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New thinking on trade DIRK WILLEM TE VELDE on realizing the potential of trade in economic transformation Promoting quality growth and economic transformation is crucial to sustained progress and job creation. Trade plays a special role in this process but unfortunately this is not always acknowledged in policy design or realized in practice. New ideas in trade related to identifying niches in value chains, nudging firms towards exporting or facilitating services trade fail to make it onto the radar screen of policymakers, who may instead choose to stick with unrealistic targets for old-style fullblown industrialization. It requires hard work to embed new thinking on trade in the mind-set of policymakers. Although many African countries have enjoyed fast economic growth over the past two decades, the growth has been low in quality and accompanied by little economic transformation. Witness, for example, the lack of significant structural shifts in production and employment (declining shares of manufacturing in gross domestic product (GDP) in Africa); weak levels of and growth in (labour) productivity within sectors; concentrated export baskets and lack of diversification into complex products; and substantial differences in productivity levels among firms, sectors and locations, suggesting scope for the enhancement of productivity. A change towards higherquality growth is sorely needed now commodity prices have plummeted. Trade plays a special role in promoting economic transformation. One lesson

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that emerges clearly from the experiences of countries that have achieved economic transformation is the importance of emphasizing global competitiveness, even in a large economy with a growing domestic market. A number of successful economic developers, many in East Asia, have benchmarked their performance to global standards, whether by exporting or by opening their national economies to external competition so as to drive out unproductive firms in favour of productive ones. In the Republic of Korea, allocating credit selectively to productive firms has played a key role alongside the use of performance criteria to provide time-bound incentives.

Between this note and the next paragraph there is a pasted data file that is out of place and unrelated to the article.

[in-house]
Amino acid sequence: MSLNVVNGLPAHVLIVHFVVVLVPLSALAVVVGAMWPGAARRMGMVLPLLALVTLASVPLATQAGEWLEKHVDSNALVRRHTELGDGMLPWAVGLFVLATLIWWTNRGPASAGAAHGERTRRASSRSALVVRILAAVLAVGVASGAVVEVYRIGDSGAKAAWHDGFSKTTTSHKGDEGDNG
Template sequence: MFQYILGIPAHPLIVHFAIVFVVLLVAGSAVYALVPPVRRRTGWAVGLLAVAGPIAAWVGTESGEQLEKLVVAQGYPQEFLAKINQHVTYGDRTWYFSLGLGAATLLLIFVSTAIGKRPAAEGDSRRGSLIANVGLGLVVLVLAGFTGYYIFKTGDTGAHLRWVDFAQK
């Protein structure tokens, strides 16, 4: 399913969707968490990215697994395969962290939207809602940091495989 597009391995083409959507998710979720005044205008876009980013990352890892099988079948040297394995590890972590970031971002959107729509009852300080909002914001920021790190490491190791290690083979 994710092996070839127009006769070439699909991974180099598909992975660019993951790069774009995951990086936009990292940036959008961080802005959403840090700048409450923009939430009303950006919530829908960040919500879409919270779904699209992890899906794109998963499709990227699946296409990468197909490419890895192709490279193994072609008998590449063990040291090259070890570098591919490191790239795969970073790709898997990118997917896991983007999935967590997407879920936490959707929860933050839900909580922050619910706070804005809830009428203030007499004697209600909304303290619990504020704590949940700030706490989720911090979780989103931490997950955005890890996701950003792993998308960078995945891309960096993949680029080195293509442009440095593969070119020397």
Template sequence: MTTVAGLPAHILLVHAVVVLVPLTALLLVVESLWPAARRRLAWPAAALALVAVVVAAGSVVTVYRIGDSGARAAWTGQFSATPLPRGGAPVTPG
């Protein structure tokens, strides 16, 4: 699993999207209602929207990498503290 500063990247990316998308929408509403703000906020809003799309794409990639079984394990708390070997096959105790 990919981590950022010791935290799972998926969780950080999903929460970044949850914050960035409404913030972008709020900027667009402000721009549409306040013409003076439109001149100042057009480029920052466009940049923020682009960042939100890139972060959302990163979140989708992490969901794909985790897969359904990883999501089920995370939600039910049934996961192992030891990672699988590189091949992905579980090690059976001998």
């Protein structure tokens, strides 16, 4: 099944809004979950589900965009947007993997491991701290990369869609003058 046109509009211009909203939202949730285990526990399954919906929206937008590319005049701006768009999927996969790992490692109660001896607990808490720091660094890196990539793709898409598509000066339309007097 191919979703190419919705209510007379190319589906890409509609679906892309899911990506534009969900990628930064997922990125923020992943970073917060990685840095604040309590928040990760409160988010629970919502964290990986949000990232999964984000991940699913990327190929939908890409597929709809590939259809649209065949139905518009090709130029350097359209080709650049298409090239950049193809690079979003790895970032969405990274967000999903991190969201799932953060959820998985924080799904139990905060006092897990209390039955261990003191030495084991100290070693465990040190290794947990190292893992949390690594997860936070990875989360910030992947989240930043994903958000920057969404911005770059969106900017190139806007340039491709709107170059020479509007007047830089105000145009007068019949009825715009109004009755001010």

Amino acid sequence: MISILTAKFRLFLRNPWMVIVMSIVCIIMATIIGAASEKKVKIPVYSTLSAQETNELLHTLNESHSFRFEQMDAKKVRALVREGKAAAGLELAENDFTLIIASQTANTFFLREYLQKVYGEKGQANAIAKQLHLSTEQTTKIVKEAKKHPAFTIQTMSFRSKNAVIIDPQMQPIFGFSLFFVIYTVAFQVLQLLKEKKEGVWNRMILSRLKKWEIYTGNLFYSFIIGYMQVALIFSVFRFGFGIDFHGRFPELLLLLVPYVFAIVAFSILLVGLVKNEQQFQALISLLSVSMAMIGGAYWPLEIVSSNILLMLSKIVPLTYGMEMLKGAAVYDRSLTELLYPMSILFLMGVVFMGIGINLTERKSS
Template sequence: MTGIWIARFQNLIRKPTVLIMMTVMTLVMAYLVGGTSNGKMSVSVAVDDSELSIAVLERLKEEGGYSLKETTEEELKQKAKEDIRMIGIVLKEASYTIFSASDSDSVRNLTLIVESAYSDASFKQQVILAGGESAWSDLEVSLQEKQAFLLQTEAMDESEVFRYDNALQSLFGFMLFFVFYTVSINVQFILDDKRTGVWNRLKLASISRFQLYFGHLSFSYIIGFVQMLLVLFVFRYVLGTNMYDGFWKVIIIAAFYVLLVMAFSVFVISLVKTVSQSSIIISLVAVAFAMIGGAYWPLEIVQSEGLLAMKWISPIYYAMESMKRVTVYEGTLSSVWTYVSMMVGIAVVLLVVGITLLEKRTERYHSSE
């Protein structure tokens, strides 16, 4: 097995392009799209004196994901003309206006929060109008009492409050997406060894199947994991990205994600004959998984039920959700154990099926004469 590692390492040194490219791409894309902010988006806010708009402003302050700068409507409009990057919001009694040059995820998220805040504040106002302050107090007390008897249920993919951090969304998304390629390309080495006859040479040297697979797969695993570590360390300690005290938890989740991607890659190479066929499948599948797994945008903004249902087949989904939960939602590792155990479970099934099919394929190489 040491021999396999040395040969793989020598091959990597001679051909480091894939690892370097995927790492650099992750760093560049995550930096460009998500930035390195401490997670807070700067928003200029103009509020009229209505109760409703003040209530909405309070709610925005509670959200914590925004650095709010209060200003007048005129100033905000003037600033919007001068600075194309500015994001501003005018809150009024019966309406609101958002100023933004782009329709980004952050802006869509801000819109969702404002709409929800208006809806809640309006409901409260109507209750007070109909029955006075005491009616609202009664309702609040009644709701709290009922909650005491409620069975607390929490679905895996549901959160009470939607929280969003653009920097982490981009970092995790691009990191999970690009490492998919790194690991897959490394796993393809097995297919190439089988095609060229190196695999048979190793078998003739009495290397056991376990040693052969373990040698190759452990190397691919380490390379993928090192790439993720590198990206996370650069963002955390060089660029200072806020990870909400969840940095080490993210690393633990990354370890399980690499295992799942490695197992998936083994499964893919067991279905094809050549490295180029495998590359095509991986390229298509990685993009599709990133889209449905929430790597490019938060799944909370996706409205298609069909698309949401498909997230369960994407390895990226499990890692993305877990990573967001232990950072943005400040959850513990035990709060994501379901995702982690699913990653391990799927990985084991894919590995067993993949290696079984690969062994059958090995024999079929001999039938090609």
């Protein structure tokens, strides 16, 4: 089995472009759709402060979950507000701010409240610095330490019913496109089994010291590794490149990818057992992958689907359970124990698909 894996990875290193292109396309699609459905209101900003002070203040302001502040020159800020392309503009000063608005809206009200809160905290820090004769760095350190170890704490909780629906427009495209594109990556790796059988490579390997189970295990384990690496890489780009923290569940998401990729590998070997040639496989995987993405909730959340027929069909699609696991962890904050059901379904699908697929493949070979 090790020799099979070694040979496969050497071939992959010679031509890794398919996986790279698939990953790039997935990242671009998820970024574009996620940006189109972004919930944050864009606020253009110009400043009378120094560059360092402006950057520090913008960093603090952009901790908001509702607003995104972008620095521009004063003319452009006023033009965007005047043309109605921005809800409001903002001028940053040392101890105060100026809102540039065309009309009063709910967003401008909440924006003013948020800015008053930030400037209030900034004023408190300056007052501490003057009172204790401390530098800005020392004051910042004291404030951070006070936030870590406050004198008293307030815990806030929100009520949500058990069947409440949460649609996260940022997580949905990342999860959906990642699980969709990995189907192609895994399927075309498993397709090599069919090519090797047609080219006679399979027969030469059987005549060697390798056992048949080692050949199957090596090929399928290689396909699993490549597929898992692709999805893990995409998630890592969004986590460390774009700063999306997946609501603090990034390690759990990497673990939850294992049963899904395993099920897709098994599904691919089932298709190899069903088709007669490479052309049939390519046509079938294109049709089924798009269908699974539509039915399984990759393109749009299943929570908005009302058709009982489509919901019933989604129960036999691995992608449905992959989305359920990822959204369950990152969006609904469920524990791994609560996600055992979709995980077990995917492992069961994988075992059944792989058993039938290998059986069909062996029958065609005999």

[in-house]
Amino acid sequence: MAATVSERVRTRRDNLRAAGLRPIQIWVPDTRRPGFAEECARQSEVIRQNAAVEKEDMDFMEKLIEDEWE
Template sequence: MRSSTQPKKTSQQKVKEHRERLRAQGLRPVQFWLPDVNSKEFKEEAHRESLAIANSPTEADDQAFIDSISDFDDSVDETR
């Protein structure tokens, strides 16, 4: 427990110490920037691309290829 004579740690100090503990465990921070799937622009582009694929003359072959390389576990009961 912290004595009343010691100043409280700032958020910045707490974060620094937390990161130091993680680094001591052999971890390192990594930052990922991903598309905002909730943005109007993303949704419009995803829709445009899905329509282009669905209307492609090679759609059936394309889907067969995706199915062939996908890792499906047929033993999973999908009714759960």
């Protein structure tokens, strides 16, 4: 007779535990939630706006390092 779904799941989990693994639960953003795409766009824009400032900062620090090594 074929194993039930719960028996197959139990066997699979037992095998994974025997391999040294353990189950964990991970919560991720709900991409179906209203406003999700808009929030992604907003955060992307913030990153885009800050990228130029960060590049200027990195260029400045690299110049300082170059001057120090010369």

“A change towards higherquality growth is sorely needed now commodity prices have plummeted.�

International competitiveness (through openness, skills and infrastructure development) has to be the yardstick of success if the productivity gains of trade and economic transformation are to be realized. It is tempting to regard the domestic market as a sufficient basis for transformation but in practice this has weakened the industrial performance of economies like Argentina and Brazil. In those countries, domestic firms protected by high tariff barriers have had little incentive to upgrade, leading to a failure of industrial transformation. Trade helps countries move towards higher-productivity sectors, raise within-sector productivity through entry and exit and facilitate upgrading in value chains. A range of carefully targeted but realistic and politically feasible policies around stimulating exports and attracting foreign direct investment (FDI) can complement the emphasis on competitiveness. These policies need to be well thought-out within countryspecific institutional frameworks. For example, special economic zones (SEZs) that fit within a wider industrial strategy, target appropriate geographical and sectoral areas and are run competently have greater success in terms of achieving transformation. Achieving this is a tall order. Whereas Asian countries have long used SEZs successfully, African countries have a much weaker record (e.g. around preference-dependent garments), although Chinese firms have recently set up manufacturing in African SEZs. Such demonstration projects that combine public and private sector actions can show export-oriented industrial policy is possible. They provide an answer to the observation that manufacturing share in GDP in


Making It: Industry for Development #21